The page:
from The American Heritage® Dictionary of the English Language, 4th Edition
- n. New England Any of several thick stews, originally an oatmeal porridge.
- n. Chiefly Kentucky & Southern Illinois A spicy stew made of poultry, game, other meats, and vegetables, usually cooked outdoors.
- n. Chiefly Kentucky & Southern Illinois A picnic featuring such a stew.
from Wiktionary, Creative Commons Attribution/Share-Alike License
- n. a seafaring dish from the days of sail; a sort of porridge seasoned with sugar, salt and butter
from the GNU version of the Collaborative International Dictionary of English
- n. A kind of oatmeal pudding, or thick gruel, used by seamen.
from The Century Dictionary and Cyclopedia
- n. A seamen's term for a dish made of boiled oatmeal seasoned with salt, butter, and sugar; gruel.
- n. A kind of soup made with many different kinds of meat and vegetables, highly peppered and served very hot: popular in Kentucky and other places, especially at barbecues, picnics, and other outdoor feasts.
- n. A barbecue, picnic, or woodland feast at which the soup burgoo is served.
from WordNet 3.0 Copyright 2006 by Princeton University. All rights reserved.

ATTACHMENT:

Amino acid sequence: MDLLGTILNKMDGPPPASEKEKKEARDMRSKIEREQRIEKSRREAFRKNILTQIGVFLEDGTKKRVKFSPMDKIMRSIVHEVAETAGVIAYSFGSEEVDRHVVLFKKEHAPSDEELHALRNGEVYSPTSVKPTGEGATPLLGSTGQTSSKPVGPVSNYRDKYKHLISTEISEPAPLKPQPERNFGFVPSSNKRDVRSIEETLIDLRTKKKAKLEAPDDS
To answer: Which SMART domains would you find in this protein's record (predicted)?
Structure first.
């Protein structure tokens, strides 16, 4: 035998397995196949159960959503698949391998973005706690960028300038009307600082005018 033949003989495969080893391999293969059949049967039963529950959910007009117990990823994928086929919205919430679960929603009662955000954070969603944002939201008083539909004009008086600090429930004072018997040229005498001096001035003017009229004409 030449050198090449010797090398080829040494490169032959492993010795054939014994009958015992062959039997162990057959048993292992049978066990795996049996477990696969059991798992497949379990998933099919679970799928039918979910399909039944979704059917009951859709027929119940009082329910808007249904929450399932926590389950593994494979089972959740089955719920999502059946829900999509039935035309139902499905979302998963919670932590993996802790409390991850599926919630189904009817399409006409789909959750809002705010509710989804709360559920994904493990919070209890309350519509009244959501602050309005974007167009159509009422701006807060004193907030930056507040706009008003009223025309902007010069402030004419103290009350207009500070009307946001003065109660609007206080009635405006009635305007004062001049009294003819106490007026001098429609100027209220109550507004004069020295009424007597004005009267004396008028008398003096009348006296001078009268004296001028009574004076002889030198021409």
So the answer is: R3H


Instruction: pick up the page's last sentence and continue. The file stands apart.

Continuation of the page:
- n. a gathering at which burgoo stew is served
- n. porridge made of rolled oats
- n. thick spicy stew of whatever meat and whatever vegetables are available; southern United States
The burgoo was a mixture of oatmeal and scraps of beef fat that had simmered all night on the galley stove.
As soon as this meeting was over, I took the midnight train for Dayton, where a "burgoo" feast was to be held the next day on the fair grounds.
I wondered if Jack was still "cleaning up" at pontoon, if Fred was getting his parcels again, and if Charley was still making those famous "burgoo" puddings.
His most recent venture, a collaboration with the National Archives called America Eats Tavern, is a place where historic dishes like Kentucky burgoo and mock turtle soup serve as a love letter to his adopted country.
“It reminds me of the burgoo we had in Louisville,” Graham said.
Chowder still means New England, Kentucky is burgoo, and the low country is Frogmore stew.
Stews such as Brunswick stew and its spicier Kentucky cousin, burgoo, were a nineteenth-century hodgepodge of whatever was at hand, including small game such as squirrel and rabbit, beans, and shoe-peg corn.
And in the FOR ME column of our imagined list, not in the treasured top slots but up there, would be the gift of Joycean spam upon a digital reemergence: boltmaker stippled scrapy heartedness burgoo overplentiful unended hydrophobous.
Looking for a weekend full of more "cultured" events than eating burgoo and frolicing through Canberra's flowers?
I'm not crazy about serving dishes like burgoo, a nasty stew of beef, lamb and chicken or Hot Brown Sandwiches; turkey and bacon smothered in a cheese sauce.
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